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A Brief History Of Biltong

A Brief History Of Biltong
Biltong is essentially a cured meat that originated in South Africa as a result of the aforementioned preservation techniques of the Dutch.

The word biltong is derived from two words of Dutch origin; “bil” (meaning “rump”) and tong (meaning “strip or tongue). Dutch people who came to South Africa from Europe in the 17th century brought recipes for dried meat from Europe.

The hot climate of South Africa dictated that standard preservation methods for dried meat would have to be adapted to make meat last longer, and, in addition to this factor, Dutch settlers would also trek across South Africa for weeks on end. As a result of this, the Dutch settlers stored raw meat for longer than usual so as to preserve it for consumption. After storing the meat in vinegar, salt, and spices for up to two weeks, the settlers noticed that the meat had turned almost black and rock solid; thus, fully cured biltong meat was created.

What exactly is Biltong?

Original Biltong - The Biltong FarmBiltong is essentially a cured meat which originated in South Africa as a result of the aforementioned preservation techniques of the Dutch. Biltong is very similar to beef jerky, but the taste of biltong is much stronger than the somewhat plain taste of jerky due to vinegar and salt being added during the drying process.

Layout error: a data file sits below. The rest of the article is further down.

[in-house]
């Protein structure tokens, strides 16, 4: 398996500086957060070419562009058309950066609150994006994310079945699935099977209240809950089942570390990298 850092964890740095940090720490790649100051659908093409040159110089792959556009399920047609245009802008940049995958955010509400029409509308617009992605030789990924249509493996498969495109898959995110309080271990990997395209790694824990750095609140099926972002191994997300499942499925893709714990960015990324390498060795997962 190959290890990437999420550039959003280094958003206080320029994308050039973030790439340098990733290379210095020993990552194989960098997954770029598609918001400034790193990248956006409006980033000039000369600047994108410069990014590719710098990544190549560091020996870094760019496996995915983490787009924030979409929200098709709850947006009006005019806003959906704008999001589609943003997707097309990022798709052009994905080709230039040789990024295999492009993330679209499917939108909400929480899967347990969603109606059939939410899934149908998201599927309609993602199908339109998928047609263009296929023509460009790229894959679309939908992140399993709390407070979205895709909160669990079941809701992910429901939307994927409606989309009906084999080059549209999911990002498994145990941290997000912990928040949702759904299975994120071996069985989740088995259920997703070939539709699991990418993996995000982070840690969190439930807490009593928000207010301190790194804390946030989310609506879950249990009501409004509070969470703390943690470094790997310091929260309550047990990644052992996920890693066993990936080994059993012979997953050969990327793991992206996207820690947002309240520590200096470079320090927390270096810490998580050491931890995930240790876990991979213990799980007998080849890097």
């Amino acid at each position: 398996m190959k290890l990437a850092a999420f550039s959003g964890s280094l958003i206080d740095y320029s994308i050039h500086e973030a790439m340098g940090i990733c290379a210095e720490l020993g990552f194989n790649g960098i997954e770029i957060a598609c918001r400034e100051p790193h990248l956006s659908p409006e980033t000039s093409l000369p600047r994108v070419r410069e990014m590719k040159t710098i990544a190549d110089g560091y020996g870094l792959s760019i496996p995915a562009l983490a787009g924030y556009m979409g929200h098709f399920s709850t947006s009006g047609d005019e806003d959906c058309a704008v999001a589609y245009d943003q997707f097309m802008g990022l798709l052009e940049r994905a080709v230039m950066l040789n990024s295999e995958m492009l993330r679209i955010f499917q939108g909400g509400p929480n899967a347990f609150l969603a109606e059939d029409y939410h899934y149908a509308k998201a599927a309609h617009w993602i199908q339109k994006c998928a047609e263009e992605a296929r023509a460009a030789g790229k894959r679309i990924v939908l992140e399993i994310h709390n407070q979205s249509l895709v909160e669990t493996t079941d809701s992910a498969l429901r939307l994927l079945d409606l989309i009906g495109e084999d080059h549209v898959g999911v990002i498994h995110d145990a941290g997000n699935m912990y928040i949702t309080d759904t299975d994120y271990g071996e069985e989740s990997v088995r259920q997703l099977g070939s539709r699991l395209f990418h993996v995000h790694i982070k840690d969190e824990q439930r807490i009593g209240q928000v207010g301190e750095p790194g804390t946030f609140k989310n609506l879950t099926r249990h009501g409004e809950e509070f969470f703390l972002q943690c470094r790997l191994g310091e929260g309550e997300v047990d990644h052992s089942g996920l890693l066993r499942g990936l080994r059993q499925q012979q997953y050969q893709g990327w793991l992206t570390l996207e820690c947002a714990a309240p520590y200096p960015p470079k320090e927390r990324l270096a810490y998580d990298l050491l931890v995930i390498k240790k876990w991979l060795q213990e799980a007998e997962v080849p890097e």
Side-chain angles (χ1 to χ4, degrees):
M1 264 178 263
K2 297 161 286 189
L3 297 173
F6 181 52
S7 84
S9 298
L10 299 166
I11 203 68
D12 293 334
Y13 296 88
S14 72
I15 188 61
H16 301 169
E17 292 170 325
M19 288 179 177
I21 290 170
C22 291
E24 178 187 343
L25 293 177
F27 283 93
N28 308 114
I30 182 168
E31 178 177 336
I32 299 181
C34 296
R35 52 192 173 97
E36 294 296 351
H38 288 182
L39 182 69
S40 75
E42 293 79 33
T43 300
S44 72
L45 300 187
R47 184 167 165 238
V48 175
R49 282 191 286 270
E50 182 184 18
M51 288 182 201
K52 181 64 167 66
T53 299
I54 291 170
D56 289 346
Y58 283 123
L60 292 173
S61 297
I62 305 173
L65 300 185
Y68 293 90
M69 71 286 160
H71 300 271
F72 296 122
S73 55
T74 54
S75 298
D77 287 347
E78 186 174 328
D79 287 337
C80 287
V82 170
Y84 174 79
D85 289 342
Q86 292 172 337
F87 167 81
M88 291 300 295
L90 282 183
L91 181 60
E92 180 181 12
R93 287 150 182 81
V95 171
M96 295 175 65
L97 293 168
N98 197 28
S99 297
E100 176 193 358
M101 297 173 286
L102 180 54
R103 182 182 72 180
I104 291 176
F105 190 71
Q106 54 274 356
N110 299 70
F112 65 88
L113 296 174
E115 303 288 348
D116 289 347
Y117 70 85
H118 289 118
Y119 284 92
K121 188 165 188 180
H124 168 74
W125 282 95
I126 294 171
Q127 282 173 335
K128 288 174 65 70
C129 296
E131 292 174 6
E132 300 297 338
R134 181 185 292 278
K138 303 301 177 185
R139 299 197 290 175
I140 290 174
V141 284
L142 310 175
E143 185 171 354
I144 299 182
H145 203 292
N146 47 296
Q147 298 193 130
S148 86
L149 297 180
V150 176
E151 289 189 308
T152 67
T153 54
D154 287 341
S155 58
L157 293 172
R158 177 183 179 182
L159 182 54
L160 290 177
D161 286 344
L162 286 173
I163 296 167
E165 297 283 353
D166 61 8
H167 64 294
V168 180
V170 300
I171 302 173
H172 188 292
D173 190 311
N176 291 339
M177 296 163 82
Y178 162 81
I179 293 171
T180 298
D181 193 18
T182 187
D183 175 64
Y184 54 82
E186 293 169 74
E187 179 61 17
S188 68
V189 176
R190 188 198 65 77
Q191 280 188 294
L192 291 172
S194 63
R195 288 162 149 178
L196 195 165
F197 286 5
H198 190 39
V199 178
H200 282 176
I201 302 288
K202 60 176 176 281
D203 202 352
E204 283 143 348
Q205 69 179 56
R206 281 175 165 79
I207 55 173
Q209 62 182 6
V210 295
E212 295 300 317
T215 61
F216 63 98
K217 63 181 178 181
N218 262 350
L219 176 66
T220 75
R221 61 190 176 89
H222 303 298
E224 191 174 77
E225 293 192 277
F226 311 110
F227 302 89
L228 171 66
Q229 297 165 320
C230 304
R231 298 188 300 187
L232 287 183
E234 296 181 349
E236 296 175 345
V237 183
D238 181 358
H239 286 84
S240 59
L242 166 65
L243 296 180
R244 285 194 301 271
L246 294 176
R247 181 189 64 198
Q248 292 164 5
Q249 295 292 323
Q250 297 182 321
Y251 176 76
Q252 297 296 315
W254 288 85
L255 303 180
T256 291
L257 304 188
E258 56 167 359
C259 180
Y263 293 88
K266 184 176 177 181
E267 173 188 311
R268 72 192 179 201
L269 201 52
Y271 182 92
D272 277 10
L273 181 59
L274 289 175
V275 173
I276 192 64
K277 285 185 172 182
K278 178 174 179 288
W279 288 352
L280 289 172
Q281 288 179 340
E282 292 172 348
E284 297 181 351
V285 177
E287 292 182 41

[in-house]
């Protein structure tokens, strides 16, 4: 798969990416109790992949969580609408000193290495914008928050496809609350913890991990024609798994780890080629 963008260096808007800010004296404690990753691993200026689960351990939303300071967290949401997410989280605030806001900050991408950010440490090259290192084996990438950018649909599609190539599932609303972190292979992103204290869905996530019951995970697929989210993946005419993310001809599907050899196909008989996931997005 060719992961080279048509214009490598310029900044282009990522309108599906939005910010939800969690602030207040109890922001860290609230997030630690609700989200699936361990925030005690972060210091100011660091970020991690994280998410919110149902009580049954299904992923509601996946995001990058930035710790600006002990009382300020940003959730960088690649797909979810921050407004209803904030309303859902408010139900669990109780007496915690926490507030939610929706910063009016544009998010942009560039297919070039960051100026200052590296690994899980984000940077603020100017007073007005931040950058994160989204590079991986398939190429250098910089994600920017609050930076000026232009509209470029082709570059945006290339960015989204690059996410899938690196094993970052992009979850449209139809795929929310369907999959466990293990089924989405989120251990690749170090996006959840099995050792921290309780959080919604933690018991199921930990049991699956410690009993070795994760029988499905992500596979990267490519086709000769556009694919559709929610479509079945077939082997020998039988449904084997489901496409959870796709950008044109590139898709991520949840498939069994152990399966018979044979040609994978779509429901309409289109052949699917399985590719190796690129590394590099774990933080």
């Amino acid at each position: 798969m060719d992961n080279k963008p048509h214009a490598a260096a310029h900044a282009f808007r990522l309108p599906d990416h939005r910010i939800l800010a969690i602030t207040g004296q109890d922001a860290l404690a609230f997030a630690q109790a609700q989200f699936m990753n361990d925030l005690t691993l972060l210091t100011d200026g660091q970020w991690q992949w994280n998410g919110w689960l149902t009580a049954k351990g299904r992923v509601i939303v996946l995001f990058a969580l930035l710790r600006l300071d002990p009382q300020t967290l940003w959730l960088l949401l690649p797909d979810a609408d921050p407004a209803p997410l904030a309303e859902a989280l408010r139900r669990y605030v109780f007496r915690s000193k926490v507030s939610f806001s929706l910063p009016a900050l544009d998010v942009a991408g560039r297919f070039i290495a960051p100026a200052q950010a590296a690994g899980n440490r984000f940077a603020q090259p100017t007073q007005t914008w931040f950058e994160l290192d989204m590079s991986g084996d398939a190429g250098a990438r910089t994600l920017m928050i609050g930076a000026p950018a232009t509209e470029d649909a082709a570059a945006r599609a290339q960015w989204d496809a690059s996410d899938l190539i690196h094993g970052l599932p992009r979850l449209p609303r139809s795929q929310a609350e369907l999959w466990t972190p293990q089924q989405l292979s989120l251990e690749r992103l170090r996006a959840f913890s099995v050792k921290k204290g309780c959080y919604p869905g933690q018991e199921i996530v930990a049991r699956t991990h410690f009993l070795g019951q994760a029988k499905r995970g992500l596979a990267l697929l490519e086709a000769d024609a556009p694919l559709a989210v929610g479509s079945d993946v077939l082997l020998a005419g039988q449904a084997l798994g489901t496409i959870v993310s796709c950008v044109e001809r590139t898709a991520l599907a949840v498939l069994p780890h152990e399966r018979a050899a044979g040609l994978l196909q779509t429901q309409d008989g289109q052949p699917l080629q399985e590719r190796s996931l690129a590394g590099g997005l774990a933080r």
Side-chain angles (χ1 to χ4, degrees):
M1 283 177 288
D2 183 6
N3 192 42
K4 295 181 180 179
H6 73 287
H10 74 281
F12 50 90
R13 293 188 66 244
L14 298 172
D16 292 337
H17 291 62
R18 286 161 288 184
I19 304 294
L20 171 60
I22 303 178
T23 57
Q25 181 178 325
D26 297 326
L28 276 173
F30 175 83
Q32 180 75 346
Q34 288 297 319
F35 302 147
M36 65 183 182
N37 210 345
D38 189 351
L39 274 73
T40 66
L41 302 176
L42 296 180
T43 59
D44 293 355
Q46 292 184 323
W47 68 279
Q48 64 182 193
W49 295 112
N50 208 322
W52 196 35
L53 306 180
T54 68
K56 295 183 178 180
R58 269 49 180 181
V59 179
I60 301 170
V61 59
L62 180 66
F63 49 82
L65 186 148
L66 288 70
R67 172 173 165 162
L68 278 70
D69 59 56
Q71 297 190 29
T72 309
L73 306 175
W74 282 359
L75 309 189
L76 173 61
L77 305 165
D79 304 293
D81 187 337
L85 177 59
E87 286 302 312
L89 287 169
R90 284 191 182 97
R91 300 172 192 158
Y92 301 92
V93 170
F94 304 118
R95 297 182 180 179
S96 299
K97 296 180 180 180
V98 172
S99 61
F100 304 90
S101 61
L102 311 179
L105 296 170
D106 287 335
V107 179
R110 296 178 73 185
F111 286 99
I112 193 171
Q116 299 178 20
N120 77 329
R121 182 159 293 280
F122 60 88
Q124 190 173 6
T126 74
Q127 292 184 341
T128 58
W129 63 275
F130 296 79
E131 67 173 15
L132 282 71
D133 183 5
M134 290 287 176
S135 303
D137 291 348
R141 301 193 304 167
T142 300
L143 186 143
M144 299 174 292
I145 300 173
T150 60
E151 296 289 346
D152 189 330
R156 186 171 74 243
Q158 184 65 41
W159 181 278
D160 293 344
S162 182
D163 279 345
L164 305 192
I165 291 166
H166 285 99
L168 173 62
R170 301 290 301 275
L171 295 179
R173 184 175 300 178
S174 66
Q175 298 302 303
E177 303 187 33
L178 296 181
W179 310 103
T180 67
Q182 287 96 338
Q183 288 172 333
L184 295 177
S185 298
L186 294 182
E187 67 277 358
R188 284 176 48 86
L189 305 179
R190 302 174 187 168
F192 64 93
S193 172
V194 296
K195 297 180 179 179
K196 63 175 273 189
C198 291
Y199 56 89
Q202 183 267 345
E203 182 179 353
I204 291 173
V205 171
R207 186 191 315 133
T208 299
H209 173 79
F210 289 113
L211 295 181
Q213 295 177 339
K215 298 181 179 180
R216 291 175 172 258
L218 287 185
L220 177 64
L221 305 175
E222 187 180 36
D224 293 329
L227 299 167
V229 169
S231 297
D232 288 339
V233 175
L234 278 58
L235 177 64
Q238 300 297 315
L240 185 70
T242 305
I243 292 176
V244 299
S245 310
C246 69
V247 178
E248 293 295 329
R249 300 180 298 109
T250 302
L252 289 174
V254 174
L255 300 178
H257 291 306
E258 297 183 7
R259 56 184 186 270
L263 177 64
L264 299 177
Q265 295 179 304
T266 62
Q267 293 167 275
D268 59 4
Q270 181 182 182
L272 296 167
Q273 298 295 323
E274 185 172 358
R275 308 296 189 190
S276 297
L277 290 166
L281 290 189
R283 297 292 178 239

As a result of this drying process, people report that biltong is much more flavoursome than jerky and, due to its one inch thickness, acts as more of a substantial snack that fills the stomach and really gives you something to bite into when compared with the more flimsy pieces of beef jerky.

Modern Biltong Consumption

Over the course of the past twenty years, biltong distributors have seen an increasing rise in the demand to supply both retailers and individual consumers with their products. This has come largely as a result of the global tourism industry that emerged in the second half of the 20th century. As increasing numbers of tourists began to holiday in Cape Town, they began to indulge in biltong which, in South Africa, is considered to be something of a delicacy.

Gradually, local food stockists and supermarkets began to receive requests from UK customers about whether they stocked biltong. However, there was one small problem – it is illegal to import biltong that has been produced in South Africa.

 The reason for this lies with the Customs and Excise department, which forbids the importation of meat products from countries that do not form part of the European Union. As a result of the prohibition on importing biltong, people have opted to produce their own biltong made to the authentic South African taste.

If you are an individual consumer or a representative for a retail stockist, then you will be able to obtain your biltong and droëwors spice from

The Rising Popularity of Biltong

Biltong has gradually grown in popularity since its introduction into Europe in the 1990s. Indeed, many independent retailers, garages, pubs, and convenience stores now stock biltong. While the range of flavours that biltong is available in has also developed, and the range now includes beef, black pepper, chilli, ostrich and biltong beer sticks that can be dunked into a favourite beer and sucked on like a teething baby.

Incidentally, biltong is also popular for babies who are teething as well as beer-swigging adults. However, it is advisable to teethe babies on milder biltong products that have had their spices removed so as to prevent scaring the baby off beautiful biltong for life.

A Brief History Of Biltong
A Brief History Of Biltong
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